you at Villanova? Come out to WCU and I'll give you some lessons
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Old 10-08-2013, 11:25 AM   #19
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Quote:
Originally Posted by Tyson2011
idk why guitarists think they don't have to learn scales....its an instrument just like any other, and they are kind of necessary to be proficient at the instrument.

I don't think anyone was saying that. However, mindlessly drilling scale shapes, without learning about intervals and how notes sound in relation to each other, is largely useless.
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Old 10-08-2013, 11:41 AM   #20
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Quote:
Originally Posted by villanovablues
So I currently know all major and minor scales, the pentatonic scale and the blues scale. I can improvise up and down the fret board no problem, but my improvisation seems random. The emotions that I want to get out of my guitar are not happening, I feel like I am just picking notes until something good comes up. I would like to fix this problem.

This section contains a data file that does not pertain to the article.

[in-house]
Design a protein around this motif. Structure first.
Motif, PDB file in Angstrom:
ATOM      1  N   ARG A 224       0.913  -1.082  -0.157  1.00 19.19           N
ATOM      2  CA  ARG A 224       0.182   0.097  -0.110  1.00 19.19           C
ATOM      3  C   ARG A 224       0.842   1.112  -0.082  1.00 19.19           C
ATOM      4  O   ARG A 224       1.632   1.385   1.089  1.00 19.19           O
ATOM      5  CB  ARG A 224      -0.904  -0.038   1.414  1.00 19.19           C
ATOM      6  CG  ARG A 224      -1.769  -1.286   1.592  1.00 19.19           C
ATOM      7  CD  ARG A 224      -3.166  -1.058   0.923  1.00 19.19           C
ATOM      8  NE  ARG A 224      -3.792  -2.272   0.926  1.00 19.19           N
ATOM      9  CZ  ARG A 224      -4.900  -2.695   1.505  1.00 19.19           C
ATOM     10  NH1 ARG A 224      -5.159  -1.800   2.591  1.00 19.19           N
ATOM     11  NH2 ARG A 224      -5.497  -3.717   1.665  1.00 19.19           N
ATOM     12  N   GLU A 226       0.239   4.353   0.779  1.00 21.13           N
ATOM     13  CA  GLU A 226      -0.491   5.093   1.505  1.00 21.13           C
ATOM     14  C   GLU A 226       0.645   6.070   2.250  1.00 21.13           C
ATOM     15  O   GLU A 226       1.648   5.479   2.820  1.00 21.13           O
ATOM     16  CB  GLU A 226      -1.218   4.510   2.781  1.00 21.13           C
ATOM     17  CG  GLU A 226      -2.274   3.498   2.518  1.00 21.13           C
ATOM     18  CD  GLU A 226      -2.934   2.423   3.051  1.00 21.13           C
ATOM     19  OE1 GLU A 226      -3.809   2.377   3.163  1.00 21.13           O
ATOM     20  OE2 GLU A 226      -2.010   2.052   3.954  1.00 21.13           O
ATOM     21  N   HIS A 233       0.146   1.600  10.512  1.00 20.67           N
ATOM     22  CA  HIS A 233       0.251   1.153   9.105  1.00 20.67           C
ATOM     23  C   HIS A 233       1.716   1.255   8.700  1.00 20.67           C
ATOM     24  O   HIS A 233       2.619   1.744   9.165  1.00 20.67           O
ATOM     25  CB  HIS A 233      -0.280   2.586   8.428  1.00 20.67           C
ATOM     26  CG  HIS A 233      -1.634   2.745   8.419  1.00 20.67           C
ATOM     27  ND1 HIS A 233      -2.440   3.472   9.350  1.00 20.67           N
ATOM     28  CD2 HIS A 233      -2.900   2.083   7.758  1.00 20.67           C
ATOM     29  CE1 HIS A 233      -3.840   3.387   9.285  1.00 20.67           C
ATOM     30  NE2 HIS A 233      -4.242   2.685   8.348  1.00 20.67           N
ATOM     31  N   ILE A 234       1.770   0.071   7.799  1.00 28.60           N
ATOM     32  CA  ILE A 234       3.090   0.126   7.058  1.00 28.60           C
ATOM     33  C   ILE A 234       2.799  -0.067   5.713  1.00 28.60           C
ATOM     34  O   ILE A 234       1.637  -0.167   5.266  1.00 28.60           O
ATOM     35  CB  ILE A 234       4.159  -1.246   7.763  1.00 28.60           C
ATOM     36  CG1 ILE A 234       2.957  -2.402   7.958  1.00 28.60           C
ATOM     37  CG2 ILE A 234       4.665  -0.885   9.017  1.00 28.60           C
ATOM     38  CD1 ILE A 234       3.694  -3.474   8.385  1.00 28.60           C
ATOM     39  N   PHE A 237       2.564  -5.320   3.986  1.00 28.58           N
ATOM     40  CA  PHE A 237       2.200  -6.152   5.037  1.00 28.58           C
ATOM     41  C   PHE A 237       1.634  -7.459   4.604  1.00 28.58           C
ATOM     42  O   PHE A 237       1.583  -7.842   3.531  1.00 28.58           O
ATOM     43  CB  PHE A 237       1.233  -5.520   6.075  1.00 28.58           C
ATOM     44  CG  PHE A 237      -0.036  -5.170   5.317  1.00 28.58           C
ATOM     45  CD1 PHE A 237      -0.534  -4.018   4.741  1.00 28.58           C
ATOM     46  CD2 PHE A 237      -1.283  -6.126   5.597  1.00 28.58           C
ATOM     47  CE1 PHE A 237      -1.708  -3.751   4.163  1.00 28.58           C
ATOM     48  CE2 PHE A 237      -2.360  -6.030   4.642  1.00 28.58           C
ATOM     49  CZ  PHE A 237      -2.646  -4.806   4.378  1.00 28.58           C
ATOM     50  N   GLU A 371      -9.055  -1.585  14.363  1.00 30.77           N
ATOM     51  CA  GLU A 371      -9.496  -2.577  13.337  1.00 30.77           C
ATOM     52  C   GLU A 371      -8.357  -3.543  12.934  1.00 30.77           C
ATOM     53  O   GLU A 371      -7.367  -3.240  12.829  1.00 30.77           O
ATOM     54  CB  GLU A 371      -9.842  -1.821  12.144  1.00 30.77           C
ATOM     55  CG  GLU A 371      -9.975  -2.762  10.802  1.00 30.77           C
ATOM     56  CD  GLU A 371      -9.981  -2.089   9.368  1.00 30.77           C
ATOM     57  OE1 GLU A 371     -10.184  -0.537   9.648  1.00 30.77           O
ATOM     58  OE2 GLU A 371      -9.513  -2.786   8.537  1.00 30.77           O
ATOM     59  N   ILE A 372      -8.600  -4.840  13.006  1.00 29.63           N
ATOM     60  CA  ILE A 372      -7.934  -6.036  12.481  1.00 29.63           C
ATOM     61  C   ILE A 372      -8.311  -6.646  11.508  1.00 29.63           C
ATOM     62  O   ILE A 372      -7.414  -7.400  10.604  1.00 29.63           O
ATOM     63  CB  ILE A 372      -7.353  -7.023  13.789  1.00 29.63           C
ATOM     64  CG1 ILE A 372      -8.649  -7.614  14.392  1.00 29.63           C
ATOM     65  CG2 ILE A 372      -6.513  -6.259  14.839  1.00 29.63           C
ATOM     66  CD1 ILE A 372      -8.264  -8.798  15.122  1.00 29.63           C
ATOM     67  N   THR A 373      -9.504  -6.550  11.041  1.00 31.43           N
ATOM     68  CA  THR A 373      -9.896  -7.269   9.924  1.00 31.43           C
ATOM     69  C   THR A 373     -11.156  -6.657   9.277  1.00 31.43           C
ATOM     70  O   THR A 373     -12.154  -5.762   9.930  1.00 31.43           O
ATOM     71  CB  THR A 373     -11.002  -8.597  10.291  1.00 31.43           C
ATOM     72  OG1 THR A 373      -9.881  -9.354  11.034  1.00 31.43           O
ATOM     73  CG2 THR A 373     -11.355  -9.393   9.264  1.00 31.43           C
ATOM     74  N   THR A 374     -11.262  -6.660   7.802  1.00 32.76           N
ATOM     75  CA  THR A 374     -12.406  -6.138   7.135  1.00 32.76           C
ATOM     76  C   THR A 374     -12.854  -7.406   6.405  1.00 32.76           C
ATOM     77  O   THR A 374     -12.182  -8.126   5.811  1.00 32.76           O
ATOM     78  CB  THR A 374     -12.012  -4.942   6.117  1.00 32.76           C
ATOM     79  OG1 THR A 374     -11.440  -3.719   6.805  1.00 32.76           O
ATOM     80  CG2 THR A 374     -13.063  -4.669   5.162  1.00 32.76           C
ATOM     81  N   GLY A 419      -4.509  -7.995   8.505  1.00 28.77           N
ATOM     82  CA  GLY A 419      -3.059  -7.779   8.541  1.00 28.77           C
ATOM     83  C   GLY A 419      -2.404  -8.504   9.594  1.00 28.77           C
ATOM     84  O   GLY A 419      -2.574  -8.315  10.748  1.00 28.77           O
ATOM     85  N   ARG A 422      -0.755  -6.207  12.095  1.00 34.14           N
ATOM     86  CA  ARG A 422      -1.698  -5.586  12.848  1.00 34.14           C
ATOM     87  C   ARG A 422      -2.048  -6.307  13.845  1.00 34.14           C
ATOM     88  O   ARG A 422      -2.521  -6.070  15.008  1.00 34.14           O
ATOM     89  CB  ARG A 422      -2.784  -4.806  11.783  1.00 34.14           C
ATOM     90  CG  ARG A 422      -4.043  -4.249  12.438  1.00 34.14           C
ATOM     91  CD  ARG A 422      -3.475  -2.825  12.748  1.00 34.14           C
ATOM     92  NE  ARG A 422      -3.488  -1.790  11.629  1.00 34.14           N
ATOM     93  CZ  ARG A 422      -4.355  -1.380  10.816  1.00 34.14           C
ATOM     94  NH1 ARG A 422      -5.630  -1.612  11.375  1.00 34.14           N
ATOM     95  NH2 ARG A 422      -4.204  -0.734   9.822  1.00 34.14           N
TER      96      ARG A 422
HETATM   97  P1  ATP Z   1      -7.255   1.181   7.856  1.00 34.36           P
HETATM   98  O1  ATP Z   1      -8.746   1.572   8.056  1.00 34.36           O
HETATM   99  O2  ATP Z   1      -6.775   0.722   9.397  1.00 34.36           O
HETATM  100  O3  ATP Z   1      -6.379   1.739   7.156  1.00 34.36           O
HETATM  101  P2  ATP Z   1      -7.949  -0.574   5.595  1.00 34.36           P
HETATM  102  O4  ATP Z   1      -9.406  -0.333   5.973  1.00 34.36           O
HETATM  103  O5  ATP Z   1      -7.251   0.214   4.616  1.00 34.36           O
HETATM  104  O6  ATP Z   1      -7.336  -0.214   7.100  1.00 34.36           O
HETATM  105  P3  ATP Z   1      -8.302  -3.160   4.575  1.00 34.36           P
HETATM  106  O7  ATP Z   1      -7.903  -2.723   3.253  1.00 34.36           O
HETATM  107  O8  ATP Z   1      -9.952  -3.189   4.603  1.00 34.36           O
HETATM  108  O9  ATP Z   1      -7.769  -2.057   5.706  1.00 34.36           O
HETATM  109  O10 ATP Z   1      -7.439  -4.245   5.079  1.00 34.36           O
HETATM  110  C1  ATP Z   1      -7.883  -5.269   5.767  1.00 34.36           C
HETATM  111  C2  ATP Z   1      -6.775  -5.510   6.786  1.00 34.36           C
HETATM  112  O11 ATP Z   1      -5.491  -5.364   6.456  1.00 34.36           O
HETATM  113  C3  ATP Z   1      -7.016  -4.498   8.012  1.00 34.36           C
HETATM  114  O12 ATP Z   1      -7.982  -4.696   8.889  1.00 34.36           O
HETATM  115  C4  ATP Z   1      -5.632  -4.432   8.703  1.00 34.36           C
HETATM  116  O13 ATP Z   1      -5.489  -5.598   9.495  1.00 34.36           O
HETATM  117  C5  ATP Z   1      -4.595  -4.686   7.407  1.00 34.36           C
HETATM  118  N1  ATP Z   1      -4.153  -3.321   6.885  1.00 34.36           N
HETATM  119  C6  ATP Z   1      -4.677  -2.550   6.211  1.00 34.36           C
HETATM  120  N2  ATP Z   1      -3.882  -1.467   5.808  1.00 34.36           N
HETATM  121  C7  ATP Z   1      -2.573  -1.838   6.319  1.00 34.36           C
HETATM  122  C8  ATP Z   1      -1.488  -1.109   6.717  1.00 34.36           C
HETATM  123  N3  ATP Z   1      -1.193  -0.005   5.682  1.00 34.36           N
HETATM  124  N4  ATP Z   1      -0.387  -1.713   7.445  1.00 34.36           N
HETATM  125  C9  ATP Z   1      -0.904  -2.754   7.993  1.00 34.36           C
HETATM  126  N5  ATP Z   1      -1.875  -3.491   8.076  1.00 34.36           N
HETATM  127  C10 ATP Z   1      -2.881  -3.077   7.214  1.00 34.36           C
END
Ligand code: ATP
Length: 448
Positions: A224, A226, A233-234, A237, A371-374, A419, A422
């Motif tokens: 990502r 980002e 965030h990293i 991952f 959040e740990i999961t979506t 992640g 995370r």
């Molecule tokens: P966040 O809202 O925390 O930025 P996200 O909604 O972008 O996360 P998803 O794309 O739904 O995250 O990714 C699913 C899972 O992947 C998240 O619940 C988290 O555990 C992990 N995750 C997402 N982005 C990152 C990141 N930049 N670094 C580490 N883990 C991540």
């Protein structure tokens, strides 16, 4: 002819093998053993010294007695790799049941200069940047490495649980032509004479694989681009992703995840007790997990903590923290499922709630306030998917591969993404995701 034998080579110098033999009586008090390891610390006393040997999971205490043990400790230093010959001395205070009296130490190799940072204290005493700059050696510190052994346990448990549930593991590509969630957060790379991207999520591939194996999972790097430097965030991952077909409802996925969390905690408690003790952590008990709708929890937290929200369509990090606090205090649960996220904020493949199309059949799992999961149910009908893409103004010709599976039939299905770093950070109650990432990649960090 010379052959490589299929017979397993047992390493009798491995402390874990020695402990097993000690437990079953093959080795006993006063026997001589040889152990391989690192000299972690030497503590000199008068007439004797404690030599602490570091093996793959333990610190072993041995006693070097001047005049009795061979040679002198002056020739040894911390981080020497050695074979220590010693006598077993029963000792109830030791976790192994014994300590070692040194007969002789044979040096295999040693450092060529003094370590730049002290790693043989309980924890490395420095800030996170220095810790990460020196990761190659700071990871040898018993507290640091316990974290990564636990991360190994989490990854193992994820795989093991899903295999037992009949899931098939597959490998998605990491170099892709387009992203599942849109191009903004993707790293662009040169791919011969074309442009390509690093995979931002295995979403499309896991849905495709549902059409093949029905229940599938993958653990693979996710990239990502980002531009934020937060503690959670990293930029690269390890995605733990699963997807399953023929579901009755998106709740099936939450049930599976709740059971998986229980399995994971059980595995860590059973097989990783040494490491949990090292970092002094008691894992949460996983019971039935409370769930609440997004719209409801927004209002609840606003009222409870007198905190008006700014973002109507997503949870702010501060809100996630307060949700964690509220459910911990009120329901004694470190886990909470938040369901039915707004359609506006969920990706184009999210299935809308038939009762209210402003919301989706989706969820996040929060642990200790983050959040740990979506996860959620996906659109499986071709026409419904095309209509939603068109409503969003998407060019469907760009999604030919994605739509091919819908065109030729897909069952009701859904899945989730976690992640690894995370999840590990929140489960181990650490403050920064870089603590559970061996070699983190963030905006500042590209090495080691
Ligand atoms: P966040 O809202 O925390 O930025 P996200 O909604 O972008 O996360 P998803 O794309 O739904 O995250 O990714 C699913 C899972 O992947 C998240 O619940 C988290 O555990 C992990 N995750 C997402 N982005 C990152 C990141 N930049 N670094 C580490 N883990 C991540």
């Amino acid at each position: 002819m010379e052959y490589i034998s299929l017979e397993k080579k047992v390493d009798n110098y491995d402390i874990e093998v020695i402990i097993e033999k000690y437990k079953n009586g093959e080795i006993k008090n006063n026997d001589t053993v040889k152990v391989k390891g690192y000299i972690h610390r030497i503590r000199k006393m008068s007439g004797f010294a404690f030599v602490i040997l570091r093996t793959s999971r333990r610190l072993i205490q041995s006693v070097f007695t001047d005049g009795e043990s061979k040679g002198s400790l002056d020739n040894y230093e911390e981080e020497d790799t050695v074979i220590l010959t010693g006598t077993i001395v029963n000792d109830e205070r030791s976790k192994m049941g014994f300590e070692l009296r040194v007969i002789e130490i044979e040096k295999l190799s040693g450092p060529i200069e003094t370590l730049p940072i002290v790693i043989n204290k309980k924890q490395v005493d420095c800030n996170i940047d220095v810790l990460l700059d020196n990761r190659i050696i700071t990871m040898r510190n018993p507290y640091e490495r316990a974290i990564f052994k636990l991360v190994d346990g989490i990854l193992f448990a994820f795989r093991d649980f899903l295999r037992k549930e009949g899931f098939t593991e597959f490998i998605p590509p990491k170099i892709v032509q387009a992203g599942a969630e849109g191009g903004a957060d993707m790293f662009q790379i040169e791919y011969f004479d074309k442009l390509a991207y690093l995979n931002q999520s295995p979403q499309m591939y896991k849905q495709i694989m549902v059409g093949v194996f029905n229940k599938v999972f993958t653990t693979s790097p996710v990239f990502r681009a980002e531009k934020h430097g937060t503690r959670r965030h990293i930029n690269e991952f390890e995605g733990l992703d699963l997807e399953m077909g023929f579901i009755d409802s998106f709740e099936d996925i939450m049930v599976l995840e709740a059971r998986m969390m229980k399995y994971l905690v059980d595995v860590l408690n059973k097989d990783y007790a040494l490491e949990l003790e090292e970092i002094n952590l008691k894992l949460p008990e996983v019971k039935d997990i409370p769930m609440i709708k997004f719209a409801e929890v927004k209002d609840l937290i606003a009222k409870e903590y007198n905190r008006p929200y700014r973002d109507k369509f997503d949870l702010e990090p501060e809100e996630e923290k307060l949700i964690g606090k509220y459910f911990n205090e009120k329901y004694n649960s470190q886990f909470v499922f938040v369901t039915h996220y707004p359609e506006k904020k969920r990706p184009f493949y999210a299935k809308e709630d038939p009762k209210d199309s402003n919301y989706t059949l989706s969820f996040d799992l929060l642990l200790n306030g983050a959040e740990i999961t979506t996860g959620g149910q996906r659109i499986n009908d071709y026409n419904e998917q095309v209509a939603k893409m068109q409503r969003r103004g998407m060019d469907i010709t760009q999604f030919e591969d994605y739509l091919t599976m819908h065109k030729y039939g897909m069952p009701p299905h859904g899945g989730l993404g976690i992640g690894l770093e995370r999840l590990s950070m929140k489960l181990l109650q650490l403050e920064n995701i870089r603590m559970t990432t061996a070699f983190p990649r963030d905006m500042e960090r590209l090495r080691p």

I would also like to integrate chords into my improvisation. I was wondering if someone here knows how to help me out or give me some good advice/tips.



Learn a bunch of songs (and solos) by ear and then play them by memory. That's were it all starts to come together. You can't just learn scales, or just learn theory (if you plan on sounding good). You need to spend some quality time with the context.

In this process you develop your ears, as well as your skills. You learn how to feel the music, and not just think it. This is very important as it relates directly to your stated problem.

Last edited by GuitarMunky : 10-08-2013 at 01:41 PM.